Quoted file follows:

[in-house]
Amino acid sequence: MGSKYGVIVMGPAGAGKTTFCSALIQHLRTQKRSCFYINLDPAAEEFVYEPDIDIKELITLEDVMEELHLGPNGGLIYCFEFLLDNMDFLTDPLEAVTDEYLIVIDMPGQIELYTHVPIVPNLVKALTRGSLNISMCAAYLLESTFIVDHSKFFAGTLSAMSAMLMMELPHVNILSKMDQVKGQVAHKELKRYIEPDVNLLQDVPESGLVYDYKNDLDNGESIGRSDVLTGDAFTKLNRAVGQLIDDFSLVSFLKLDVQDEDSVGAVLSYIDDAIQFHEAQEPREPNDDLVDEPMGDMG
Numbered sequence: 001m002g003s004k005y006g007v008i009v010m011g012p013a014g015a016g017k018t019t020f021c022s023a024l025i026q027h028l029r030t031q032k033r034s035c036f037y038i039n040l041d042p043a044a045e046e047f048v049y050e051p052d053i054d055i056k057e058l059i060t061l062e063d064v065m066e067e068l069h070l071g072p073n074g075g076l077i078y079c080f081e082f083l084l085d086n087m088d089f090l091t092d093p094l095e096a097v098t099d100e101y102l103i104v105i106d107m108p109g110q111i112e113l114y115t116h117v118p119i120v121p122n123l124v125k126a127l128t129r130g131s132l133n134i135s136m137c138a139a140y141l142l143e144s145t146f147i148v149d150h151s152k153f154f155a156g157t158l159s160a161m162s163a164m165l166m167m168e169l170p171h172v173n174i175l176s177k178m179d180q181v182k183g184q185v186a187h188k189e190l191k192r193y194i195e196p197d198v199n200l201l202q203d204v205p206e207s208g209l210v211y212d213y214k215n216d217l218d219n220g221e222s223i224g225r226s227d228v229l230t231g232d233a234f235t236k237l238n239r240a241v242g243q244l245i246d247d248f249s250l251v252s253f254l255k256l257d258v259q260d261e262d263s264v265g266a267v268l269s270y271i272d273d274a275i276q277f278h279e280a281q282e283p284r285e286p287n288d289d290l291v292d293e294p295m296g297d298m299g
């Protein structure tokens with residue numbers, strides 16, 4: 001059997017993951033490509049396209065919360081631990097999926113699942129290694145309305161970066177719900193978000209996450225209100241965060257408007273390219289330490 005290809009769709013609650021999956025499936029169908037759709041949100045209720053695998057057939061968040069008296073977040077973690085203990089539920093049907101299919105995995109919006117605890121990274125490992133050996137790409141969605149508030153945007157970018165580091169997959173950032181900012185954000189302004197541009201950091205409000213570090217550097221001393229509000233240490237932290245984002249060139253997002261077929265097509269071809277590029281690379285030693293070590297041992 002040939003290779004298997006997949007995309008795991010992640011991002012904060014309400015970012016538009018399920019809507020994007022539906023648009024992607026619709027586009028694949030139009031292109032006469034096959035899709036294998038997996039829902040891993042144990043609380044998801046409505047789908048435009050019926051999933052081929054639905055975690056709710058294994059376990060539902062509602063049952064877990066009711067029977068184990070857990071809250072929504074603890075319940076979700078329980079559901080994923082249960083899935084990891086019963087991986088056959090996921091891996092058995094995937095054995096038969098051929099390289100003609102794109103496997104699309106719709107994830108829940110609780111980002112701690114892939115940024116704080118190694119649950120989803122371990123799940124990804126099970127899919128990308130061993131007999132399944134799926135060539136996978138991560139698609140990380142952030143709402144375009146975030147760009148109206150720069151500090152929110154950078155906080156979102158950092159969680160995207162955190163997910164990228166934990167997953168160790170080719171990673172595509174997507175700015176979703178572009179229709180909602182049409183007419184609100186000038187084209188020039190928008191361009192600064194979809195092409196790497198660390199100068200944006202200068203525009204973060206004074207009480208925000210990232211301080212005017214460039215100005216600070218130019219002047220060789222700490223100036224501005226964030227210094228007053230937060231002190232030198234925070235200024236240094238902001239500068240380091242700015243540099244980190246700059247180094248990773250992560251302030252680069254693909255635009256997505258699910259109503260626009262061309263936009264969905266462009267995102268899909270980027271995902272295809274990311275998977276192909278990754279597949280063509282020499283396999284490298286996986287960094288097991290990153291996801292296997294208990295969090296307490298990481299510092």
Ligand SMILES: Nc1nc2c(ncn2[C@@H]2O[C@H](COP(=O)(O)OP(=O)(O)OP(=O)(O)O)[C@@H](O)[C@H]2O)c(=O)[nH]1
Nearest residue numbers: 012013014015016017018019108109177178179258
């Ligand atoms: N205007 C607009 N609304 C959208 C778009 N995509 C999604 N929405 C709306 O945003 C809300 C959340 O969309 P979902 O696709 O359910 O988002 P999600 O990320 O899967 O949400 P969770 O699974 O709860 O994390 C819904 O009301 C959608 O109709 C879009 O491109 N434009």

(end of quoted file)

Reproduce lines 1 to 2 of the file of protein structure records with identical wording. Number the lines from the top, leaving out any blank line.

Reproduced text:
[in-house]
Amino acid sequence: MGSKYGVIVMGPAGAGKTTFCSALIQHLRTQKRSCFYINLDPAAEEFVYEPDIDIKELITLEDVMEELHLGPNGGLIYCFEFLLDNMDFLTDPLEAVTDEYLIVIDMPGQIELYTHVPIVPNLVKALTRGSLNISMCAAYLLESTFIVDHSKFFAGTLSAMSAMLMMELPHVNILSKMDQVKGQVAHKELKRYIEPDVNLLQDVPESGLVYDYKNDLDNGESIGRSDVLTGDAFTKLNRAVGQLIDDFSLVSFLKLDVQDEDSVGAVLSYIDDAIQFHEAQEPREPNDDLVDEPMGDMG